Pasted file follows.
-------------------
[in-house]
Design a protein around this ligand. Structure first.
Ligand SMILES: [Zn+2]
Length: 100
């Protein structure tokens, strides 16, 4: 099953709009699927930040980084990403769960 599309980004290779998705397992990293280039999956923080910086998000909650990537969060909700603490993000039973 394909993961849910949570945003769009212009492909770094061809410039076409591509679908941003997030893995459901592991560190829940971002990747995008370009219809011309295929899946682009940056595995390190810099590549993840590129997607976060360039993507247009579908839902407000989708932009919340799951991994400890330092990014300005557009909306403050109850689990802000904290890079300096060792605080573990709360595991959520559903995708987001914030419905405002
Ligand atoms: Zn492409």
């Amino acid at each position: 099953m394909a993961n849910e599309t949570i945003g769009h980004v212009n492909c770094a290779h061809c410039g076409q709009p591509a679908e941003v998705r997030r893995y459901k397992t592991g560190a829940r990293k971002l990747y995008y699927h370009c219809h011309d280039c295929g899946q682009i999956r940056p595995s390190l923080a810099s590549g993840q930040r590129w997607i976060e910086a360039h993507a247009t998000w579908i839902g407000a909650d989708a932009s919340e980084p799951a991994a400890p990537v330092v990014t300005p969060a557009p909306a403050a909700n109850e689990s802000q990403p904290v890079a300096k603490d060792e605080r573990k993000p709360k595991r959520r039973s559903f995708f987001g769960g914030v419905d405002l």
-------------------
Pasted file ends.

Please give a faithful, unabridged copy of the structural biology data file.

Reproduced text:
[in-house]
Design a protein around this ligand. Structure first.
Ligand SMILES: [Zn+2]
Length: 100
């Protein structure tokens, strides 16, 4: 099953709009699927930040980084990403769960 599309980004290779998705397992990293280039999956923080910086998000909650990537969060909700603490993000039973 394909993961849910949570945003769009212009492909770094061809410039076409591509679908941003997030893995459901592991560190829940971002990747995008370009219809011309295929899946682009940056595995390190810099590549993840590129997607976060360039993507247009579908839902407000989708932009919340799951991994400890330092990014300005557009909306403050109850689990802000904290890079300096060792605080573990709360595991959520559903995708987001914030419905405002
Ligand atoms: Zn492409």
């Amino acid at each position: 099953m394909a993961n849910e599309t949570i945003g769009h980004v212009n492909c770094a290779h061809c410039g076409q709009p591509a679908e941003v998705r997030r893995y459901k397992t592991g560190a829940r990293k971002l990747y995008y699927h370009c219809h011309d280039c295929g899946q682009i999956r940056p595995s390190l923080a810099s590549g993840q930040r590129w997607i976060e910086a360039h993507a247009t998000w579908i839902g407000a909650d989708a932009s919340e980084p799951a991994a400890p990537v330092v990014t300005p969060a557009p909306a403050a909700n109850e689990s802000q990403p904290v890079a300096k603490d060792e605080r573990k993000p709360k595991r959520r039973s559903f995708f987001g769960g914030v419905d405002l």